EPT10 Vienna: Timo Pfützenreuter snatches lead with 17 left
If, while seated in the tournament room, you were to look upwards at the ceiling, your eyes would be met by a heavenly scene. In three great paintings, the Hapsburg dynasty, one that spanned centuries, is presented in majestic glory, a family depicted as ruling over Europe.
For a long time that family did just that, and the people looked up to them as somehow divine, a guide and shining light in the darkness. Flash forward from that time and, if while seated in the tournament room, you were to look towards the Main Event field, you'd have trouble picking out much of a glow.
The Festsaal in full bloom
While the Emperors and their heirs adorn the ceiling, poker's leading figures are strangely absent back at ground level. In fact the purist might complain that all the big names had been removed. At least they might think that until they saw Johnny Lodden.
The Team Pro bags up 1,130,000 tonight. But while he remains a beacon of familiarity he sits some way off the lead. Instead, that is held by Timo Pfutzenreuter, who moved into top spot very late on, ousting Pablo Gordillo, who had led almost from the start of play. Pfutzenreuter, from Austria, has 3,837,000. Gordillo finished with 3,582,000.
Pfutzenreuter is on course for the best EPT finish, not to mention the biggest payday of his career should he reach the last eight. His day was not without some luck, rivering a a third jack to dethrone Greek player Miltiadis Kyriakides's pocket queens.
Timo Pfützenreuter (left) with Jude Ainsworth
Gordillo also keeps up the theme of the week, that of new faces taking the reins to lead at the close. He does so though after a convincing day in the saddle, reaching the penultimate day in second place. Often hard to fathom, the Spaniard will permit his countrymen to entertain the idea of a first Spanish winner.
On his heels is a shortlist of pretenders eager to ensure this will also be their last event during which they'll described as "relatively obscure".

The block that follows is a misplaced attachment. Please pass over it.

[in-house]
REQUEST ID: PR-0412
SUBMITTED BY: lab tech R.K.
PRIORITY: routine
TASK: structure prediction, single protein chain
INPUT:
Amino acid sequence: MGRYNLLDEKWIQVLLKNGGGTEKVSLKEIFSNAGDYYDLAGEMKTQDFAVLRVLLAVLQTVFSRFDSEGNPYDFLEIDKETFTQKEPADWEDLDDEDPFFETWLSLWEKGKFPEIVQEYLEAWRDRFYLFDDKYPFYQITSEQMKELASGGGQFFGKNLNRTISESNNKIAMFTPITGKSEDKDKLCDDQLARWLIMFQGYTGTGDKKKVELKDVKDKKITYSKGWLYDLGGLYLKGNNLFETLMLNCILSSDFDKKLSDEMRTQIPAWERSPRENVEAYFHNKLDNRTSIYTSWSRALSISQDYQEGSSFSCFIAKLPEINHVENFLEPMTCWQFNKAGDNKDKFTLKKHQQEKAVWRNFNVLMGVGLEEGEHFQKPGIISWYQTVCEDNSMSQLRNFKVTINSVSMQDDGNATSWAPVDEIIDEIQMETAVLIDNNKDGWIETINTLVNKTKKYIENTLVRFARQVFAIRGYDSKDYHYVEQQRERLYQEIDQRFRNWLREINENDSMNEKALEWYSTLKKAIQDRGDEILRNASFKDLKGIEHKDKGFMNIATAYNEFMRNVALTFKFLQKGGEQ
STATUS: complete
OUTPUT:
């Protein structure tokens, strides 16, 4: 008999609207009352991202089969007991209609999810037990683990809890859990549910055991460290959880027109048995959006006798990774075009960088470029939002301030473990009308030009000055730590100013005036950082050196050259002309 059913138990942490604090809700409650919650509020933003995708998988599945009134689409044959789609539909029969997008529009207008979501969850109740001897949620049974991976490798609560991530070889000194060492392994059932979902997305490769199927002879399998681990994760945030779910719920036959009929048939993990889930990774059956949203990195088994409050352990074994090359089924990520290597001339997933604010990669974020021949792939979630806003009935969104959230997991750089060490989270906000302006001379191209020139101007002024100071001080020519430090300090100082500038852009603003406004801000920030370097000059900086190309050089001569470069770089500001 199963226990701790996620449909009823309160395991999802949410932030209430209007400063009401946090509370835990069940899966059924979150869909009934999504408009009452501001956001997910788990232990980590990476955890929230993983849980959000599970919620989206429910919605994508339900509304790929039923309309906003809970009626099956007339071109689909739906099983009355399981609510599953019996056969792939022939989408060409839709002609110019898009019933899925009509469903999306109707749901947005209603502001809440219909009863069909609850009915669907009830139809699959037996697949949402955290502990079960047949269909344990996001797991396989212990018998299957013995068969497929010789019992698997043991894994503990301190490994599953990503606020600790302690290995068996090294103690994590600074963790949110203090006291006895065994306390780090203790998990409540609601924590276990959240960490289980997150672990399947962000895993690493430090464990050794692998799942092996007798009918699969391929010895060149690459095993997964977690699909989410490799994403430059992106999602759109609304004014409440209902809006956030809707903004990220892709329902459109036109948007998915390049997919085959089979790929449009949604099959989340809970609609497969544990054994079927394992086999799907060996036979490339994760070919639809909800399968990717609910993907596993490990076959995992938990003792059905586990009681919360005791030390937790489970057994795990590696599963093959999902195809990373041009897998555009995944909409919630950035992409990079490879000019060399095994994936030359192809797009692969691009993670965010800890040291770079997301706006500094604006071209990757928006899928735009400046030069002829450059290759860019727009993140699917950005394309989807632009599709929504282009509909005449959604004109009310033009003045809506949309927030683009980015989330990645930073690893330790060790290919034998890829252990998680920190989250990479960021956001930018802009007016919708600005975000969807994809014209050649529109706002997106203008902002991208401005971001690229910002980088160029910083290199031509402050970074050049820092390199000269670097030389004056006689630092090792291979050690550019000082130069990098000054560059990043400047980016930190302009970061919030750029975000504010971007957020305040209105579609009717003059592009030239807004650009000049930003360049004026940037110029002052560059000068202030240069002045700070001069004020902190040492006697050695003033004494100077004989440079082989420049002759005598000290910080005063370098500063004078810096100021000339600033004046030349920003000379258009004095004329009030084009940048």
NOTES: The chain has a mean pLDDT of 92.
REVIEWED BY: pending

Seat 1. Marko Neumann - 1,096,000
Seat 2. Empty
Seat 3. Sebastian Panny - 498,000
Seat 4. Anthony Ghamrawi - 2,790,000
Seat 5. Empty
Seat 6. Andras Kovacs - 903,000
Seat 7. Empty
Seat 8. Timo Pfutzenreuter - 3,837,000
Seat 1. Dan Murariu - 1,660,000
Seat 2. Simeon Naydenov - 2,324,000
Seat 3. Empty
Seat 4. Frei Dilling - 2,280,000
Seat 5. Empty
Seat 6. Oleksii Khoroshenin - 437,000
Seat 7. Pablo Gordillo - 3,582,000
Seat 8. Johnny Lodden - 1,130,000
Seat 1. Empty
Seat 2. Rumen Nanev - 1,003,000
Seat 3. Patrick Fasching - 560,000
Seat 4. Umberto Vitagliano - 1,653,000
Seat 5. Mike Adamo - 494,000
Seat 6. Empty
Seat 7. Roman Korenev - 967,000
Seat 8. Gavin O'Rourke - 2,071,000
So who did we lose to leave this event so wide open? There were several big names in the running as play restarted with 50 left this afternoon.
Jonathan Roy was the first to go, shortly before Jason Lavallee. Veterans Michel Abecassis and Marcel Luske would be on the rail later in the day, soon followed by Jan Bendik. Young pros Stephen Chidwick and Jude Ainsworth, usually counted on to provide the obvious flair, were dismissed in order.
Of course it's not all set to become a meeting of Poker Anonymous.
Simeon Naydenov has a bracelet to his name and has shown a confident streak this week, proving himself a good pick for the title. Rumen Nanev could easily conjure up a few surprises, so too Dan Marariu and old hand Italian player Umberto Vitaglio.
Rumen Nanev (left) Umberto Vitagliano (right), the Hapsburgs (up)
So before you consider your pick you can look for clues amid the coverage today.
Things getting weird outside tonight
The Main Event plays on tomorrow, down to a final table of eight ahead of the finale on Saturday. Join us tomorrow at 12 noon CET for more.
Stephen Bartley is a PokerStars Blog reporter.